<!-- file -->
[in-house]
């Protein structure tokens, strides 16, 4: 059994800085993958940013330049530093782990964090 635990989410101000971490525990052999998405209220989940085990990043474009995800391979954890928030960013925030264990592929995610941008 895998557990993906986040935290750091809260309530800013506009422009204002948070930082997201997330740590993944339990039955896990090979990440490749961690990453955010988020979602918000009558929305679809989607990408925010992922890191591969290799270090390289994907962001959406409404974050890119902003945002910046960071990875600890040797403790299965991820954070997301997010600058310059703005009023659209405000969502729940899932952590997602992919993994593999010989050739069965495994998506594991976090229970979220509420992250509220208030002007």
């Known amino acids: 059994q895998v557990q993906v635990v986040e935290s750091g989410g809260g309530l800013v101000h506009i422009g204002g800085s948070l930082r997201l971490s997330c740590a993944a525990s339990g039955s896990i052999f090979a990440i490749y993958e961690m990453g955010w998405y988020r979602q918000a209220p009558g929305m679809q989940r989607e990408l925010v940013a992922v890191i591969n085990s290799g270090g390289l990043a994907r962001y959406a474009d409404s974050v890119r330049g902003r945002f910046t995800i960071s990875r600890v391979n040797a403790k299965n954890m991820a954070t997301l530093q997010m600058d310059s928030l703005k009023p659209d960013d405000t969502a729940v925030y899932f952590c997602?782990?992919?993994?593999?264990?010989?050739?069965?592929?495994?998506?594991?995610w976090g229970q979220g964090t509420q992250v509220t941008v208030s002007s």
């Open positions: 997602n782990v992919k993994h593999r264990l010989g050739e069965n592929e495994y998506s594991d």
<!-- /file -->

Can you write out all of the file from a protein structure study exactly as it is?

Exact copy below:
[in-house]
């Protein structure tokens, strides 16, 4: 059994800085993958940013330049530093782990964090 635990989410101000971490525990052999998405209220989940085990990043474009995800391979954890928030960013925030264990592929995610941008 895998557990993906986040935290750091809260309530800013506009422009204002948070930082997201997330740590993944339990039955896990090979990440490749961690990453955010988020979602918000009558929305679809989607990408925010992922890191591969290799270090390289994907962001959406409404974050890119902003945002910046960071990875600890040797403790299965991820954070997301997010600058310059703005009023659209405000969502729940899932952590997602992919993994593999010989050739069965495994998506594991976090229970979220509420992250509220208030002007």
């Known amino acids: 059994q895998v557990q993906v635990v986040e935290s750091g989410g809260g309530l800013v101000h506009i422009g204002g800085s948070l930082r997201l971490s997330c740590a993944a525990s339990g039955s896990i052999f090979a990440i490749y993958e961690m990453g955010w998405y988020r979602q918000a209220p009558g929305m679809q989940r989607e990408l925010v940013a992922v890191i591969n085990s290799g270090g390289l990043a994907r962001y959406a474009d409404s974050v890119r330049g902003r945002f910046t995800i960071s990875r600890v391979n040797a403790k299965n954890m991820a954070t997301l530093q997010m600058d310059s928030l703005k009023p659209d960013d405000t969502a729940v925030y899932f952590c997602?782990?992919?993994?593999?264990?010989?050739?069965?592929?495994?998506?594991?995610w976090g229970q979220g964090t509420q992250v509220t941008v208030s002007s």
């Open positions: 997602n782990v992919k993994h593999r264990l010989g050739e069965n592929e495994y998506s594991d």